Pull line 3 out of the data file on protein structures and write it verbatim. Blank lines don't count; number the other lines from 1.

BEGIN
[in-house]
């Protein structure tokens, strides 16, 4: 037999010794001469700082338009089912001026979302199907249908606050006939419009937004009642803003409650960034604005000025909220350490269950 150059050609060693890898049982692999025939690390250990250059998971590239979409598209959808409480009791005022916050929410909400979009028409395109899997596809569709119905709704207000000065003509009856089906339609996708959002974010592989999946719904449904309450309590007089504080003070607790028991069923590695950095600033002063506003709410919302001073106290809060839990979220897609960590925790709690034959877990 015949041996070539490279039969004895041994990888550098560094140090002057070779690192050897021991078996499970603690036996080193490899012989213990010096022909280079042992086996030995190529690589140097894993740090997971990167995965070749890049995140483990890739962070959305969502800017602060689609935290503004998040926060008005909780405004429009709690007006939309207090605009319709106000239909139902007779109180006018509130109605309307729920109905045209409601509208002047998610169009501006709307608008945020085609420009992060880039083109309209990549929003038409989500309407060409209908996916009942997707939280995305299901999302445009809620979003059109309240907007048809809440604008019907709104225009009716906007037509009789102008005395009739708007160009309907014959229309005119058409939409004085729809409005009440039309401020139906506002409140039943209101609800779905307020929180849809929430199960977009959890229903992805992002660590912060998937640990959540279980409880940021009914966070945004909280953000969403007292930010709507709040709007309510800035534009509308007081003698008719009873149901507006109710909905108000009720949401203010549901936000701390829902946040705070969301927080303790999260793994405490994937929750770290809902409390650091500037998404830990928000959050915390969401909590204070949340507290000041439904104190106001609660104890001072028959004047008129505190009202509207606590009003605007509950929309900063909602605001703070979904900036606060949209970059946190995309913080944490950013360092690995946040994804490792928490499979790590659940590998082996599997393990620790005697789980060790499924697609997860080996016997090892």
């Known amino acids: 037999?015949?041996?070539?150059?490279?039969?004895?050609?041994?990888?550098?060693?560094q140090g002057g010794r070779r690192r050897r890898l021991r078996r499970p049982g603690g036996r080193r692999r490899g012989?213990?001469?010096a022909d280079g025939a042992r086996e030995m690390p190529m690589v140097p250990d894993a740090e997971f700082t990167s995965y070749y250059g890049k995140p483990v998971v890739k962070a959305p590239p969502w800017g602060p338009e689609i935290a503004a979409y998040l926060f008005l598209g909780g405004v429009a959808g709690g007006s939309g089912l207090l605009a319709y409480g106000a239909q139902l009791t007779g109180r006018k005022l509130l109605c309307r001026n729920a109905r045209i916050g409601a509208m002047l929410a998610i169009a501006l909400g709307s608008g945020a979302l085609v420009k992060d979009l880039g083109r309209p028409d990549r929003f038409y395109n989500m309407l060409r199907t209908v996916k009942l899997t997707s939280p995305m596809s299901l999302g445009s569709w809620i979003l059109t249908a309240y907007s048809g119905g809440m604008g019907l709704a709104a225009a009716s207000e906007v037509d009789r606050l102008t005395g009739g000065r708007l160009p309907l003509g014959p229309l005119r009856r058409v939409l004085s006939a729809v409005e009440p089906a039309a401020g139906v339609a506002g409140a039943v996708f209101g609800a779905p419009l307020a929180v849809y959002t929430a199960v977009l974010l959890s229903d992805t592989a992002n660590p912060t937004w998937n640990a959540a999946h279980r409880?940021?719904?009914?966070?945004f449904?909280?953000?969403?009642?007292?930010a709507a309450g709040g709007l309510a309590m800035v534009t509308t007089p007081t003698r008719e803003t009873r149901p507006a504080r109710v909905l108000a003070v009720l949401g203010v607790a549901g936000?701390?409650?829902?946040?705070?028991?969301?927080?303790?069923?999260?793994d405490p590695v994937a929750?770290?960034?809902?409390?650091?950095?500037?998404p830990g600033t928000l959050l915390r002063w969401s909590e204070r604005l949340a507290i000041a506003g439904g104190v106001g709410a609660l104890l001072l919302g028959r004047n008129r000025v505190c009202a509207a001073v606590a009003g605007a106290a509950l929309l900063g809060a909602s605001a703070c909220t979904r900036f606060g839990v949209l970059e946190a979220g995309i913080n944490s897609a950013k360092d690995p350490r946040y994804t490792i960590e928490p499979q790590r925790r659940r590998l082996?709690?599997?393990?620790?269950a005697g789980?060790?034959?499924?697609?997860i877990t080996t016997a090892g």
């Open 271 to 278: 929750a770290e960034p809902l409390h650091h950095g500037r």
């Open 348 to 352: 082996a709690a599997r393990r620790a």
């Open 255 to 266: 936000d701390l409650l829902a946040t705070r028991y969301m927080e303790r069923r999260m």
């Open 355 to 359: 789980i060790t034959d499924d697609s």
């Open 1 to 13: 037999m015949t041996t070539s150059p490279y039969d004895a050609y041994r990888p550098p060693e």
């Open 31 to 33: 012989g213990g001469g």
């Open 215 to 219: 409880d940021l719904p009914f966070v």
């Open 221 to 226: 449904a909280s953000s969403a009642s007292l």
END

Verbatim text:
């Known amino acids: 037999?015949?041996?070539?150059?490279?039969?004895?050609?041994?990888?550098?060693?560094q140090g002057g010794r070779r690192r050897r890898l021991r078996r499970p049982g603690g036996r080193r692999r490899g012989?213990?001469?010096a022909d280079g025939a042992r086996e030995m690390p190529m690589v140097p250990d894993a740090e997971f700082t990167s995965y070749y250059g890049k995140p483990v998971v890739k962070a959305p590239p969502w800017g602060p338009e689609i935290a503004a979409y998040l926060f008005l598209g909780g405004v429009a959808g709690g007006s939309g089912l207090l605009a319709y409480g106000a239909q139902l009791t007779g109180r006018k005022l509130l109605c309307r001026n729920a109905r045209i916050g409601a509208m002047l929410a998610i169009a501006l909400g709307s608008g945020a979302l085609v420009k992060d979009l880039g083109r309209p028409d990549r929003f038409y395109n989500m309407l060409r199907t209908v996916k009942l899997t997707s939280p995305m596809s299901l999302g445009s569709w809620i979003l059109t249908a309240y907007s048809g119905g809440m604008g019907l709704a709104a225009a009716s207000e906007v037509d009789r606050l102008t005395g009739g000065r708007l160009p309907l003509g014959p229309l005119r009856r058409v939409l004085s006939a729809v409005e009440p089906a039309a401020g139906v339609a506002g409140a039943v996708f209101g609800a779905p419009l307020a929180v849809y959002t929430a199960v977009l974010l959890s229903d992805t592989a992002n660590p912060t937004w998937n640990a959540a999946h279980r409880?940021?719904?009914?966070?945004f449904?909280?953000?969403?009642?007292?930010a709507a309450g709040g709007l309510a309590m800035v534009t509308t007089p007081t003698r008719e803003t009873r149901p507006a504080r109710v909905l108000a003070v009720l949401g203010v607790a549901g936000?701390?409650?829902?946040?705070?028991?969301?927080?303790?069923?999260?793994d405490p590695v994937a929750?770290?960034?809902?409390?650091?950095?500037?998404p830990g600033t928000l959050l915390r002063w969401s909590e204070r604005l949340a507290i000041a506003g439904g104190v106001g709410a609660l104890l001072l919302g028959r004047n008129r000025v505190c009202a509207a001073v606590a009003g605007a106290a509950l929309l900063g809060a909602s605001a703070c909220t979904r900036f606060g839990v949209l970059e946190a979220g995309i913080n944490s897609a950013k360092d690995p350490r946040y994804t490792i960590e928490p499979q790590r925790r659940r590998l082996?709690?599997?393990?620790?269950a005697g789980?060790?034959?499924?697609?997860i877990t080996t016997a090892g």